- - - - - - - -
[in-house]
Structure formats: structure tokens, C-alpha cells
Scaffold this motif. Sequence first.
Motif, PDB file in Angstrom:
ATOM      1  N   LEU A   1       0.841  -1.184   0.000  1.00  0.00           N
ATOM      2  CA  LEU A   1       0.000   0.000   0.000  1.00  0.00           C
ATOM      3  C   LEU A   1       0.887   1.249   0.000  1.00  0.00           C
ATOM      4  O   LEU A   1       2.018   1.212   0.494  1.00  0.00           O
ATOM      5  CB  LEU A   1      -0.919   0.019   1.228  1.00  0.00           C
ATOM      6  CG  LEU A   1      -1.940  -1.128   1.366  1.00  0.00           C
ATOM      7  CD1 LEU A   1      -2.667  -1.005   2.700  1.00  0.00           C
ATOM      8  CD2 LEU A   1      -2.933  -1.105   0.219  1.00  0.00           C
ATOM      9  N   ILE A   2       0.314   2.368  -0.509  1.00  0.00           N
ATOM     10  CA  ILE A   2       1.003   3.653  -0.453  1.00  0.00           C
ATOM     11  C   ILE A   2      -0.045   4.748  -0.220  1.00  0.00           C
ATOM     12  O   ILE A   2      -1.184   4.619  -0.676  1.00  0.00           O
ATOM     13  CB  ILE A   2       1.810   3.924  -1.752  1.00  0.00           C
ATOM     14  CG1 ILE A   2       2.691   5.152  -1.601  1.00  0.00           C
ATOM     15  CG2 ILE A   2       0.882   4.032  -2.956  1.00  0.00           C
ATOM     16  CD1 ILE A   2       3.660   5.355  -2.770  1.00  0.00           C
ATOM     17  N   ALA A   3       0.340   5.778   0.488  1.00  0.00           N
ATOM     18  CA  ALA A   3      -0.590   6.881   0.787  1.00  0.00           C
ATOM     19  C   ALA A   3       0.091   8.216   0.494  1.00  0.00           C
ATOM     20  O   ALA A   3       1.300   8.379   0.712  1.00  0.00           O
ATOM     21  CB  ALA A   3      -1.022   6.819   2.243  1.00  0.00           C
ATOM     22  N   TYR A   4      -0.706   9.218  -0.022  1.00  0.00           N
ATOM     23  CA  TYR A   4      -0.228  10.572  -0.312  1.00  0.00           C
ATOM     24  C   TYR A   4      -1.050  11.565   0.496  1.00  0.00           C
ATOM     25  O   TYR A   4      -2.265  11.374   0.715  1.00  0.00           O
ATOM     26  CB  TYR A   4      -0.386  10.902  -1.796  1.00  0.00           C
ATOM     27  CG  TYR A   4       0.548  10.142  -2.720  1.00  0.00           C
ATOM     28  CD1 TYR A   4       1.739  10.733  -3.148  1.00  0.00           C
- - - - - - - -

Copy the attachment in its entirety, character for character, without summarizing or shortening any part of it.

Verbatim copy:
[in-house]
Structure formats: structure tokens, C-alpha cells
Scaffold this motif. Sequence first.
Motif, PDB file in Angstrom:
ATOM      1  N   LEU A   1       0.841  -1.184   0.000  1.00  0.00           N
ATOM      2  CA  LEU A   1       0.000   0.000   0.000  1.00  0.00           C
ATOM      3  C   LEU A   1       0.887   1.249   0.000  1.00  0.00           C
ATOM      4  O   LEU A   1       2.018   1.212   0.494  1.00  0.00           O
ATOM      5  CB  LEU A   1      -0.919   0.019   1.228  1.00  0.00           C
ATOM      6  CG  LEU A   1      -1.940  -1.128   1.366  1.00  0.00           C
ATOM      7  CD1 LEU A   1      -2.667  -1.005   2.700  1.00  0.00           C
ATOM      8  CD2 LEU A   1      -2.933  -1.105   0.219  1.00  0.00           C
ATOM      9  N   ILE A   2       0.314   2.368  -0.509  1.00  0.00           N
ATOM     10  CA  ILE A   2       1.003   3.653  -0.453  1.00  0.00           C
ATOM     11  C   ILE A   2      -0.045   4.748  -0.220  1.00  0.00           C
ATOM     12  O   ILE A   2      -1.184   4.619  -0.676  1.00  0.00           O
ATOM     13  CB  ILE A   2       1.810   3.924  -1.752  1.00  0.00           C
ATOM     14  CG1 ILE A   2       2.691   5.152  -1.601  1.00  0.00           C
ATOM     15  CG2 ILE A   2       0.882   4.032  -2.956  1.00  0.00           C
ATOM     16  CD1 ILE A   2       3.660   5.355  -2.770  1.00  0.00           C
ATOM     17  N   ALA A   3       0.340   5.778   0.488  1.00  0.00           N
ATOM     18  CA  ALA A   3      -0.590   6.881   0.787  1.00  0.00           C
ATOM     19  C   ALA A   3       0.091   8.216   0.494  1.00  0.00           C
ATOM     20  O   ALA A   3       1.300   8.379   0.712  1.00  0.00           O
ATOM     21  CB  ALA A   3      -1.022   6.819   2.243  1.00  0.00           C
ATOM     22  N   TYR A   4      -0.706   9.218  -0.022  1.00  0.00           N
ATOM     23  CA  TYR A   4      -0.228  10.572  -0.312  1.00  0.00           C
ATOM     24  C   TYR A   4      -1.050  11.565   0.496  1.00  0.00           C
ATOM     25  O   TYR A   4      -2.265  11.374   0.715  1.00  0.00           O
ATOM     26  CB  TYR A   4      -0.386  10.902  -1.796  1.00  0.00           C
ATOM     27  CG  TYR A   4       0.548  10.142  -2.720  1.00  0.00           C
ATOM     28  CD1 TYR A   4       1.739  10.733  -3.148  1.00  0.00           C